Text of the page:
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in connection five years, certainly within the next 10 years on my bet is that it will be a resounding, yes, victory in that second referendum. >> scottish politics have changed so fast that anything seems possible. the election results don't mean that the u.n. is doomed. they do suggest that any british government will have to be very skillful to save it. barnaby phillips rashingsz, fulkirk. >> germany and the u.k. have suspended their use of the new airbus a 400 military transport plane after one crashed in spain. the aircraft came down just north of seville air force after 10 people were on board. it's not yet clear how many survived. the plane was undergoing flight trials before being delivered to spain's military. airbus say they are sending a technical team to help invest gators. >> media in turkey is reporting one of the country's most controversial figures has died at the age of 97.
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he was a general who led the 1980 military coup and in years of fighting in turkey. the coup was followed by a wave of arrests, tortures and extra judicial killings. he was sentenced to life in prison for his role in those events. indonesia's president ordered the release of five political prisoners after spending 12 years in jail. activists say the president is trying to repair his image after ordering the execution of eight drug smugglers including seven foreign nationals. from abupura, a report. >> reporter: a symbolic step towards reconciliation with papua, five political prisoners con visited of stealing weapons -- convicted of stealing weapons were granted clemency. they were freed after 12 years. a small arms movement has been fighting for independence since papua became part of indonesia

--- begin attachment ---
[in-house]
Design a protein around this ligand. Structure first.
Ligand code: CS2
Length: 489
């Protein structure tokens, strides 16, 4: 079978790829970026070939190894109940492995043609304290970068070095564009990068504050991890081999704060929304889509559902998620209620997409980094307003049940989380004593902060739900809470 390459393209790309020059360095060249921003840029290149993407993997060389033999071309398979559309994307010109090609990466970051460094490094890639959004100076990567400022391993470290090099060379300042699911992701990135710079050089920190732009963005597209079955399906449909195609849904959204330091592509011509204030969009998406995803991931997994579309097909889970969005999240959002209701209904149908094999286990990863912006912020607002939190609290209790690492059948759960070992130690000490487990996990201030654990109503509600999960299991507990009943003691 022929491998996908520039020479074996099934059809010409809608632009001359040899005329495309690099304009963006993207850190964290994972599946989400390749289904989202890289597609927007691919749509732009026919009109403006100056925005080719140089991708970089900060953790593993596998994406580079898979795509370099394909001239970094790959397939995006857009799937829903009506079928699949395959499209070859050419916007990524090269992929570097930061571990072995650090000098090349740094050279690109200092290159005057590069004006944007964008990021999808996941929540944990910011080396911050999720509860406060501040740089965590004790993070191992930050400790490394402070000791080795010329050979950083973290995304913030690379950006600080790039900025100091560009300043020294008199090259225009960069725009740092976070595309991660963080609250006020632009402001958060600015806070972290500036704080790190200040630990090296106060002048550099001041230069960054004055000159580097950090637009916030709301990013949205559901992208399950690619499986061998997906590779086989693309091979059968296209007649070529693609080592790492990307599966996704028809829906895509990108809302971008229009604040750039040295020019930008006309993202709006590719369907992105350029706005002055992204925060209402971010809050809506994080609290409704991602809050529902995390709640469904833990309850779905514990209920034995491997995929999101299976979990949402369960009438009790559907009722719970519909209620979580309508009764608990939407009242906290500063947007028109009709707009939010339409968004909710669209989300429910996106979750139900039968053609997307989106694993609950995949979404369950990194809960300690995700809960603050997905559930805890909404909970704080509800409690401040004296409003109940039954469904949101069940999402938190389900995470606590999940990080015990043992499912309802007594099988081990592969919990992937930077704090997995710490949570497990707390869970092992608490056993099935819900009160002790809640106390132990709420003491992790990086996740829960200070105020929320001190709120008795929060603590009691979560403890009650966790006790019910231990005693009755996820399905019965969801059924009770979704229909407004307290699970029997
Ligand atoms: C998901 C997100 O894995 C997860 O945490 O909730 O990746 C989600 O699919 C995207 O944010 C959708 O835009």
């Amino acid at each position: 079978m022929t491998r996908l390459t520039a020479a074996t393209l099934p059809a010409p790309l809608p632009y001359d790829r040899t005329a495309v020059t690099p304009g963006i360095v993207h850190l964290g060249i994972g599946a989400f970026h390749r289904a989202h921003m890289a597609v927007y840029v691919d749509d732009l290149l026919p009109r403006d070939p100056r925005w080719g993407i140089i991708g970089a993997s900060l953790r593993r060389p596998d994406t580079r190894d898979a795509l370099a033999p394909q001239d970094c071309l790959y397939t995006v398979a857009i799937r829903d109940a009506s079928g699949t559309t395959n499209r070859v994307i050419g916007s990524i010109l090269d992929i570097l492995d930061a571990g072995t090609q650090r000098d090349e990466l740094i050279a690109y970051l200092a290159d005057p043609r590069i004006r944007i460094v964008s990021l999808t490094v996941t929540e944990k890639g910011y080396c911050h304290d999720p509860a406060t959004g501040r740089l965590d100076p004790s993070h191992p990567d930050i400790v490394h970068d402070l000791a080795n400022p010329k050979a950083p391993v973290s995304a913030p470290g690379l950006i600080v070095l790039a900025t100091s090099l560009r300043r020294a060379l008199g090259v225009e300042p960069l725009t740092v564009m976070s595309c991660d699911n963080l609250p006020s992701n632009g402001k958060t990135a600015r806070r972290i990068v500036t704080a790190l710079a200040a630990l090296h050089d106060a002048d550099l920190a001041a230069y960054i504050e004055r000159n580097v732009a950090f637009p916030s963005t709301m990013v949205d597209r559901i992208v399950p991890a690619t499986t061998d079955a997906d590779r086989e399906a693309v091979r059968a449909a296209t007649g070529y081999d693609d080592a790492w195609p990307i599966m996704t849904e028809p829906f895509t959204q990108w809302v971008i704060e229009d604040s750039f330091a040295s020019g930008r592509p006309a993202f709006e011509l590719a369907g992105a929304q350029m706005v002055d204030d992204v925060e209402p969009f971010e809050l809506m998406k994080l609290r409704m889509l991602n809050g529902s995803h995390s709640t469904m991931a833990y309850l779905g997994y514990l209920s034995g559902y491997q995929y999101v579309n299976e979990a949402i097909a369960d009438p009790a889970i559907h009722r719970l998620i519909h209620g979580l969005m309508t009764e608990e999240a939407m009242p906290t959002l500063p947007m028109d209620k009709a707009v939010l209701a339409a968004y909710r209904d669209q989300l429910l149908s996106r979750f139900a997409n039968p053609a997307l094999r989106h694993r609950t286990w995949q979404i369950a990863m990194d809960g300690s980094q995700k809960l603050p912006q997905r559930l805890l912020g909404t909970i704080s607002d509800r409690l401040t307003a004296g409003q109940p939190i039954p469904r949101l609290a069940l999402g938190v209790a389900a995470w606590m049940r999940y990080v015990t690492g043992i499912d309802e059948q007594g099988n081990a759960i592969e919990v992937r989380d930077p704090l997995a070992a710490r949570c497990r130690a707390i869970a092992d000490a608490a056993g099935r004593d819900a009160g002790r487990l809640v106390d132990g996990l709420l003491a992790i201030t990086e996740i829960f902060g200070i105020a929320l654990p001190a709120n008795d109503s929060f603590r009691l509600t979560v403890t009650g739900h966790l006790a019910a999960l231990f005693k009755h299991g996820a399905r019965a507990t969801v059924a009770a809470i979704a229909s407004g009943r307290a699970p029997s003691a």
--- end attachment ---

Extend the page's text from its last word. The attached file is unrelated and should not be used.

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in the 1960s. for decades, indonesia has ruled the territory rich in national resources with an iron fist. resident joe dodo wants change. >> translator: we have to open a new page, all of us. we want to free all political prisoners and ask them to help build papua. >> he denies it is a pr stunt after being criticized for executing drug trafficers a 40night ago. now, we have prepared this since december and we talked to all of the relevant parties since then but it takes time and it needs to be done in phases. the prisoners are unhappy. instead of a pardon they wanted amnesty which would clear them of all wrongdoing. amnesty can only be granted by parliament. >> i really regret this. i only know now that i have been
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given clemency. nobody told me before. >> humanrights organizations estimate that more than 90 political prisoners are still behind bars. most prominent is phillip karma who has been secretlyly filmed in prison. he is jailed for 15 years for raising the independence flag. he refuses a presidential pardon and wants amnesty. >> if he is a real democrat he will honor freedom of opinion. difference of opinion is no problem in a democratic country. he should free all political prisoners and i want to be the last one to be free after all of my friends are released first. >> there are hopes the president will bring change and release all political prisoners as soon as possible. the gesture is seen as an important first step. hopes are damp ended. most are still behind bars. >> the president did announce
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one important change: after decades of severely restricted access for foreign media, the president says all journalists can report freely from papua. something papuans have demanded for a long time. >> from tomorrow we will open papua for foreign journalists. there is no more problem. i have told this to all of the relevant parties in papua, in the ministries to the police chief to the military chief. all of them. >> however, it's not the president but the nilt which has ruled papua for a long time. dodo has yet to approve he has the power bring the changes he is promising. al jazeera, abapura, papua. the pakistani military has released video of the aftermath of the helicopter crash which killed seven people it on friday. the aircraft was carrying 11 foreigners and six-pack establishes when it came down. the wives of the indonesian and